This is the story about how we built a viral doomsday marketing campaign in 7 fast-paced hours to market our newly launched sweepstakes management tool, ViralSweep.
How the hell do you get your product in front of people as relatively unknown founders? I’ve had a handful of well-received articles, and my partner Giancarlo created AnyLuckyDay and has been on Mixergy, but I’ll bet no reporters know our names. Our warm press introductions had run dry with several, “this isn’t a good story right now” replies, and approaching writers cold turns into a numbers game—a lottery that requires you describe why you want to win, without sounding too desperate. Eventually someone will write about you, but at what cost to all other future relationships?
The beginning of the end (of the world)
The day after our last quality lead politefully declined to write about ViralSweep, I met a friend for dinner and was discussing how our private testing was promising but we didn’t have any earth-shattering technology or amazing figures to share; and how every writer systematically said, “sorry, but not at this time.” Almost on cue, he replied with a reference to the end-of-time conspiracy:
“Why not do something fun for the 12-21-12 “apocalypse”? You can give away a survival kit.”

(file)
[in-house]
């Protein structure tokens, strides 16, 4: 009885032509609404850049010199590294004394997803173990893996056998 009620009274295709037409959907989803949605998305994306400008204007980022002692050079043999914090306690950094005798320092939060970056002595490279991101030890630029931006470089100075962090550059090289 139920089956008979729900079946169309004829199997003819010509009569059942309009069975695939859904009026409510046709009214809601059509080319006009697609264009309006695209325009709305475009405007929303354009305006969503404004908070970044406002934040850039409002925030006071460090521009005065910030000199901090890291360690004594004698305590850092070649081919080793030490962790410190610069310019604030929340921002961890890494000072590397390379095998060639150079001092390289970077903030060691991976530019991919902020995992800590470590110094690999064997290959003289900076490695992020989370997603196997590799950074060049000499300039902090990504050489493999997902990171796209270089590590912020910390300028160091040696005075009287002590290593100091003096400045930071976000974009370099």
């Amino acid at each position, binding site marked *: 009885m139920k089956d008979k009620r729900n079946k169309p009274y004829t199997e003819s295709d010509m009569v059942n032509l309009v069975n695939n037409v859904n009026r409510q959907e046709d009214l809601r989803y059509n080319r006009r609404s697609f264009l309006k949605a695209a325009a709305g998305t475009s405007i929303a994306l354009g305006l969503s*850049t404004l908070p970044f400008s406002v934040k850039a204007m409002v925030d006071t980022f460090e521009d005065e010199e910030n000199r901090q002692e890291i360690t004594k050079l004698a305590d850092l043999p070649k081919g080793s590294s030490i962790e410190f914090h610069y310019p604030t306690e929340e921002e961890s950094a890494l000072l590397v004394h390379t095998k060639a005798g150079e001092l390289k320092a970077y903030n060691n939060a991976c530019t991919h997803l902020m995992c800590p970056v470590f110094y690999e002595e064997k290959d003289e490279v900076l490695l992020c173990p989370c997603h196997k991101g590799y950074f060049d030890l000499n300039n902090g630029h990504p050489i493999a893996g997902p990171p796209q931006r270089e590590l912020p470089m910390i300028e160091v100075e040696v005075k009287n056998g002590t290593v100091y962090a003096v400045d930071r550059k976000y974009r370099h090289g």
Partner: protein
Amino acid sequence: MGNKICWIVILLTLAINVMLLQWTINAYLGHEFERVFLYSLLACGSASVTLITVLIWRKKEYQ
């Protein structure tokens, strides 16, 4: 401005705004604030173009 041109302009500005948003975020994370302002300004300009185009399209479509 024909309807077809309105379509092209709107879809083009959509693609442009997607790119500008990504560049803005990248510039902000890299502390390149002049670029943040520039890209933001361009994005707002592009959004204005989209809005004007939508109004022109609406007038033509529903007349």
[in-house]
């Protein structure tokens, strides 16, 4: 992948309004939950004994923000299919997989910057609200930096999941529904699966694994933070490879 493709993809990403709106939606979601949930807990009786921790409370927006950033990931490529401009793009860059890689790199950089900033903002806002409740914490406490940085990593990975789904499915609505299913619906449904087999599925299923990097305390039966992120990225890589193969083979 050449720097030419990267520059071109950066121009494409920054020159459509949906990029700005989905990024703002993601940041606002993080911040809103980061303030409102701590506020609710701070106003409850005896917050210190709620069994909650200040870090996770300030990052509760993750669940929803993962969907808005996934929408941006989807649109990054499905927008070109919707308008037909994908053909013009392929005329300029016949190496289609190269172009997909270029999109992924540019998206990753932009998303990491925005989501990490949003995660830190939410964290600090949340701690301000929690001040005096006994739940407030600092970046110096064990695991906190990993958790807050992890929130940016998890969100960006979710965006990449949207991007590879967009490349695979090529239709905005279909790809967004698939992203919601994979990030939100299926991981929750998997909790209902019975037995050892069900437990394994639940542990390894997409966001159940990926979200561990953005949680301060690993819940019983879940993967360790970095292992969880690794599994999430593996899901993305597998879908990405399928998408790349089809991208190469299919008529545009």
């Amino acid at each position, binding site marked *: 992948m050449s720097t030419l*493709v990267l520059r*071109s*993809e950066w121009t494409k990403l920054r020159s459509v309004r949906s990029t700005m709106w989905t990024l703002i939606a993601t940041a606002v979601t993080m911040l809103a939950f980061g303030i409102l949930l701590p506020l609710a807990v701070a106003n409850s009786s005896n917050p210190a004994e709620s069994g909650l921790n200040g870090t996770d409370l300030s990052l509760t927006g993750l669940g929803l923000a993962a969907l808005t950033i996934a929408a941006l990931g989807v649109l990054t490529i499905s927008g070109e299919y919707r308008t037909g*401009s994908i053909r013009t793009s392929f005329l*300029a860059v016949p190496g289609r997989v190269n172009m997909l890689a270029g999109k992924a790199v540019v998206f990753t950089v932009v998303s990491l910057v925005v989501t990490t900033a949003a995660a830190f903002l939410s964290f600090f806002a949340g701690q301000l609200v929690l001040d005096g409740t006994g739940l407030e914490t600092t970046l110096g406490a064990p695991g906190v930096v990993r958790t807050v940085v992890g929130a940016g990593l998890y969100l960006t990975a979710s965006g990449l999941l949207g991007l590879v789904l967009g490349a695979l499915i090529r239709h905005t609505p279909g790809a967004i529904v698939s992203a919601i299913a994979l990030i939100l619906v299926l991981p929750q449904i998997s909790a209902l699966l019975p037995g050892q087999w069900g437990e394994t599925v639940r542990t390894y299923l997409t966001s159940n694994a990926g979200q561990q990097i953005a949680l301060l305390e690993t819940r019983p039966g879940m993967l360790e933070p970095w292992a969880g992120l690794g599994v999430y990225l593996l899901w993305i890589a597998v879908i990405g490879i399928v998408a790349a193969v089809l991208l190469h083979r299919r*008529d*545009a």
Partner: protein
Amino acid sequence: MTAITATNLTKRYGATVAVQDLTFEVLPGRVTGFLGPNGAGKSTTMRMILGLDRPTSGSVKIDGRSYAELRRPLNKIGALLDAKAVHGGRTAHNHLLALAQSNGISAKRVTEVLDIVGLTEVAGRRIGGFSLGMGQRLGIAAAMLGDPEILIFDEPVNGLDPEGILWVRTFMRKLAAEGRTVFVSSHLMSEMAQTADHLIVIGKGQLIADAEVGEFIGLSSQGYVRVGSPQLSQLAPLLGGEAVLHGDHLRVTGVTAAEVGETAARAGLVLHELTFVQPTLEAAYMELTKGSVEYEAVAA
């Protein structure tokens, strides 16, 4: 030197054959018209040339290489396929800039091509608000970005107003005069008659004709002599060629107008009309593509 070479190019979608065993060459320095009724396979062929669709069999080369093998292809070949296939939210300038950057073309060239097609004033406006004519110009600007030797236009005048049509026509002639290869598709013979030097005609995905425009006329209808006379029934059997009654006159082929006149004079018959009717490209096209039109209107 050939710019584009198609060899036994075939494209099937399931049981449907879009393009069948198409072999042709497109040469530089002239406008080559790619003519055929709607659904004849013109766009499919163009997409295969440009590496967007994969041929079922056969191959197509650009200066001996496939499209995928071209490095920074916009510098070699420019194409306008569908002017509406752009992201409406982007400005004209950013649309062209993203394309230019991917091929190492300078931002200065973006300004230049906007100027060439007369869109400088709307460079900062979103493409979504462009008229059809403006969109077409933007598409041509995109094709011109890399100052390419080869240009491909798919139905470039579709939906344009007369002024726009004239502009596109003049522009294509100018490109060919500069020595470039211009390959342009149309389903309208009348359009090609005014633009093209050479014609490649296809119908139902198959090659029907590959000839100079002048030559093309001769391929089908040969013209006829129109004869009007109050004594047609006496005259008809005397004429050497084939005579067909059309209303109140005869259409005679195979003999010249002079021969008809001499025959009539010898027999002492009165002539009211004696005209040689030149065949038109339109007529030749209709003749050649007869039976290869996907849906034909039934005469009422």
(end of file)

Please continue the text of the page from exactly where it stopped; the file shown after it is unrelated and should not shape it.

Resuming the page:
My mind was immediately abuzz with ideas as I wrapped up our conversation and set a record time for the return trip home. It was already 9 :00pm and Giancarlo is an hour ahead on the East Coast. Before even turning on the lights, I opened my laptop and called Giancarlo on Skype. “Get this… a sweepstake poking fun at the end-of-the-world Mayan calendar conspiracies, giving away a survival kit or something funny to one lucky survivor.” Before he finished replying with an emphatic, “YES” we were both pulling up Instant Domain Search to bounce name ideas around, almost immediately finding doomsdaygiveaway.com and buying it.
10:00pm – 12:00am EST
The positioning of our campaign was massively important to us. We wanted to run the campaign just like a ViralSweep customer might, so brands viewing the giveaway could see how it would fit into their marketing strategy, and to produce relatable data for our own future case study. Before starting, we decided it had to:
- Demonstrate ViralSweep from a consumer perspective
- Generate some B2B leads
- Be fun for us and for visitors
After deciding on a budget of $500, we got to work. To plan the survival kit, we searched through previous AnyLuckyDay partners and through the ‘outdoor’ section of Uncrate. We wanted to select 12 products from fresh, high-quality brands with high leverage—brands with heavy social media activity, great audience engagement, and an aptitude for fun ideas. Since we were confident several brands would donate products, we raised the initial budget, anticipating the end cost to land at about $500—giving us room to buy some nicer products. Two hours down.